Saturday, December 20, 2008

Depression and nuclear power

Eric Sprott, a Canadian investment funds manager has read the tea leaves. Sprott has stated:
“There are so many job cuts and output cutbacks it’s shocking. That’s not a recession, that’s a depression. I look at the data points and they just scream at me that we are off the cliff.”
During the last few months the Fed and the US Treasury has been running the printing presses at a historically high rate. The money creation machine has been working overtime. Conventional economic theory tells us that this should lead to rampant inflation yet as Craig Harrington notes
Despite the Fed’s creation of hundreds of billions of dollars out of thin air and the Treasury’s massive foreign borrowing campaign, the prices of everything from gas and groceries to electronics and clothing has gone down. Most of us are struggling through economic hardship of our own, and the recent drop in prices has been a welcome relief; but these price corrections could have a more sinister undertone. When prices fall across the board the phenomenon is called “deflation.” If this occurs over the course of a few months we typically herald it as a relief. If it occurs over an elongated time period, it spells doom to an economy.

When prices drop across the board companies are forced to lay off workers, lay offs lead to decreases in disposable income which in turn lead to decreased consumption. In order to bring in customers companies must drop prices further, thus setting off another cycle. If this spirals out of control we could see massive joblessness, falling personal income, and prices so low companies cannot afford to produce or sell goods.
The word depression seems appropriate. What is happening is not a local mater in the United States. We are dealing with a world wide phenomena. The entire golbal economy economy is in a tail spin. The insane economic policies of the Bush Administration have something to do with the problem, but the Bush administration policies were expediencies designed to cope with a deeply flawed international economic structure. In my own oppenion, the problem has at least as much to do with distortions in the international economy by the fact Asian consumption of consumer goods was not growing as fast as their production in China and to a lesser extent India.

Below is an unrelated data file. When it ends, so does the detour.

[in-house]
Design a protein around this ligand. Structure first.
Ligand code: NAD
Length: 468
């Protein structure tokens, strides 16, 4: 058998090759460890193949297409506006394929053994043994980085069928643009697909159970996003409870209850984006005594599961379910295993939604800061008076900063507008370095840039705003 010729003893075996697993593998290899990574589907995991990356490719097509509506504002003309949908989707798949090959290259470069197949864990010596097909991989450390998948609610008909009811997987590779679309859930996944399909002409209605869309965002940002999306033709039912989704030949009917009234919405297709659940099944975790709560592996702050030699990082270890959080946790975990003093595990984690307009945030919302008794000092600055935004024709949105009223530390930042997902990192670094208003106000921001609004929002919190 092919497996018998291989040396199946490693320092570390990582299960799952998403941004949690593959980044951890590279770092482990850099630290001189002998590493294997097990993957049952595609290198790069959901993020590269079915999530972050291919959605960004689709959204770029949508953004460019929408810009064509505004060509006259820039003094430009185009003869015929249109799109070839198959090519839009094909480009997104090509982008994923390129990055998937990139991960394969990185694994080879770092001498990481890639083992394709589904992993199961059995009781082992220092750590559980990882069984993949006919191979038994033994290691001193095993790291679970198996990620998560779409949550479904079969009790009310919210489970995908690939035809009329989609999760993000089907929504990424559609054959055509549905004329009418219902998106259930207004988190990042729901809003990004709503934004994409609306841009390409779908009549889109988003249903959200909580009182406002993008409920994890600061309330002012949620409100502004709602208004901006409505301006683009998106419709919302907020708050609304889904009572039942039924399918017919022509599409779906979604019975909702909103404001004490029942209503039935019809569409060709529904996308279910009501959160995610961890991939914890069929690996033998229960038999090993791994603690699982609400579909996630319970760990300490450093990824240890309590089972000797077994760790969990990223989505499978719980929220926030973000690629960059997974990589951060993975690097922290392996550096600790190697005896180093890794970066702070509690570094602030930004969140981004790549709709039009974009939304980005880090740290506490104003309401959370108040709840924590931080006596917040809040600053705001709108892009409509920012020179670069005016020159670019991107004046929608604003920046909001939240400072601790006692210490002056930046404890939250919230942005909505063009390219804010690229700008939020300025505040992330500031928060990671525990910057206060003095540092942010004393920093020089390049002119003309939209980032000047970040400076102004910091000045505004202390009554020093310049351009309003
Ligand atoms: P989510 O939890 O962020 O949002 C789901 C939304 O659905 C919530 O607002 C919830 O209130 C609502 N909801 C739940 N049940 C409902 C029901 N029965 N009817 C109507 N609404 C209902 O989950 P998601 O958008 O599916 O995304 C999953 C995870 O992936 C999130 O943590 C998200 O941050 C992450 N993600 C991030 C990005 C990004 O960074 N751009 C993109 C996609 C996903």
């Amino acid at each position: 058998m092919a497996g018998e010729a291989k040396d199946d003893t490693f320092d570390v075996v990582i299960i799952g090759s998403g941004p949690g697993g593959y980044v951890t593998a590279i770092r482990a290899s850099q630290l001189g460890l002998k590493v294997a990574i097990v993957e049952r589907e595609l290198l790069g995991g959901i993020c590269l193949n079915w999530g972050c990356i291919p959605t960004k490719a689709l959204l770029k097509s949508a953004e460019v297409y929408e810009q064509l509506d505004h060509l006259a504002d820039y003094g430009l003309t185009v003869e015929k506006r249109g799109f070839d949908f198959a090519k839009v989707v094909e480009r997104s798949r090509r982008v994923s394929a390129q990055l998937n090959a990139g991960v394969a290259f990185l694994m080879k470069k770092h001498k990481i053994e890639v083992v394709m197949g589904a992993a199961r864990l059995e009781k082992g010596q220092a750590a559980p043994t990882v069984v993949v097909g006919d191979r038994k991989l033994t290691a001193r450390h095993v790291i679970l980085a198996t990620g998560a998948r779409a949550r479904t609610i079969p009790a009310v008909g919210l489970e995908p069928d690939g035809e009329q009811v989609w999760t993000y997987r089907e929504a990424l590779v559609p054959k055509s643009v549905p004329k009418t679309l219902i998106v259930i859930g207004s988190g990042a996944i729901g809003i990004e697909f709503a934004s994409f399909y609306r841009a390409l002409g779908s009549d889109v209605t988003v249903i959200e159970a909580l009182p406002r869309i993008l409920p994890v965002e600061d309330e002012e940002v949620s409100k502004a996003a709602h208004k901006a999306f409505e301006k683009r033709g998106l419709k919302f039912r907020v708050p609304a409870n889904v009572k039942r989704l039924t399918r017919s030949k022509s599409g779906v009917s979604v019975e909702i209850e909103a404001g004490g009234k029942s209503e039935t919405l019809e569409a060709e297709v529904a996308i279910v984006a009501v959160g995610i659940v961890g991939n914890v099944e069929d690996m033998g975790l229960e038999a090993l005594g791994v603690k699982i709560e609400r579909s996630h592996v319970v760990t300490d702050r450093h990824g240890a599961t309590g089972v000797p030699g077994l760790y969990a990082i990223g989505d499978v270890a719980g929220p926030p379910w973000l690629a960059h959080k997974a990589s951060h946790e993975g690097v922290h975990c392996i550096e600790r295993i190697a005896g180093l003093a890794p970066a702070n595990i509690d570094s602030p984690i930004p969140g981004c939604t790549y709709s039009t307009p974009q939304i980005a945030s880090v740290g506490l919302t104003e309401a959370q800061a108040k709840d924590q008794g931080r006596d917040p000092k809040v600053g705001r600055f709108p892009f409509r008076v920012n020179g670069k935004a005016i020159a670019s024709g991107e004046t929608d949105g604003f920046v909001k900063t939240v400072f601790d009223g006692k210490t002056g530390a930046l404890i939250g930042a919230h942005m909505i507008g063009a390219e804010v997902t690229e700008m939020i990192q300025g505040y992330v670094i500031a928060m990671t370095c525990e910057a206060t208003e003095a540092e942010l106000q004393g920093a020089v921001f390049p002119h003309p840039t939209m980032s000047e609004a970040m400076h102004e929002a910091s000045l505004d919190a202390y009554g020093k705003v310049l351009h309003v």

From time to time I have to adjust my thinking to catch up with the economiic reality we confront. Chinese overproduction forced prices some dow, while Chines spending to to expand their economy drive the prices of energy and raw materials every higher. Eventually something had to start giving, and eventually the United States absorbed more debt than it could handle, and as debtors were unable to reopay their loans, financial institutions began to collapse, and with the resulting collapse of confidence, consumers world wide have stopped buying.

It is probably too soon to assume that we will have a deep and prolongured international depression, but we certainly cannot rule it out. certainly we will see a reversal of the inflation in the price of energy production facilities. This will be true of nuclear power plants.